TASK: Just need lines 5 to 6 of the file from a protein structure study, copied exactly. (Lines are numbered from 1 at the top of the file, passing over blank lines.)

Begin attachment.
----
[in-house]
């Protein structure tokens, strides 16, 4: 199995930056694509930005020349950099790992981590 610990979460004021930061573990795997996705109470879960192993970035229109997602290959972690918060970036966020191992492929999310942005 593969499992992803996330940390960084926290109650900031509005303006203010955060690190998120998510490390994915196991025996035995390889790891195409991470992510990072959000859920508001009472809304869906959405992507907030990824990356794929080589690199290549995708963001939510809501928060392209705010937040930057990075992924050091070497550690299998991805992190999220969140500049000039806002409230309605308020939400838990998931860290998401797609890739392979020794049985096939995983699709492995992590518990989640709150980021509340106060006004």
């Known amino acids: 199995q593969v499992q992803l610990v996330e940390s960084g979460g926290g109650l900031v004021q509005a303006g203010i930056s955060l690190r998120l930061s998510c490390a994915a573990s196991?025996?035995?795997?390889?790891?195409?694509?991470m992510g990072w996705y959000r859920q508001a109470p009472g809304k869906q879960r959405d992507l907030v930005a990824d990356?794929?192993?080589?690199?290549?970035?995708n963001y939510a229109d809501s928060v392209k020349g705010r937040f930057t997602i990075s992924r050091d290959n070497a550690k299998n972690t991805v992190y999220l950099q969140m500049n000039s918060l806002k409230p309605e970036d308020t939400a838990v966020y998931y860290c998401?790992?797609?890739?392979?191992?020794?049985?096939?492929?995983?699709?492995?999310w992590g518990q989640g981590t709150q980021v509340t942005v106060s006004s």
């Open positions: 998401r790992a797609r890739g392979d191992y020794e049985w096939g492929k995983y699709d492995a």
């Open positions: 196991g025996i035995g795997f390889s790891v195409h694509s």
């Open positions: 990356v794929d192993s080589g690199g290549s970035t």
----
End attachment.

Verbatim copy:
């Open positions: 196991g025996i035995g795997f390889s790891v195409h694509s």
């Open positions: 990356v794929d192993s080589g690199g290549s970035t």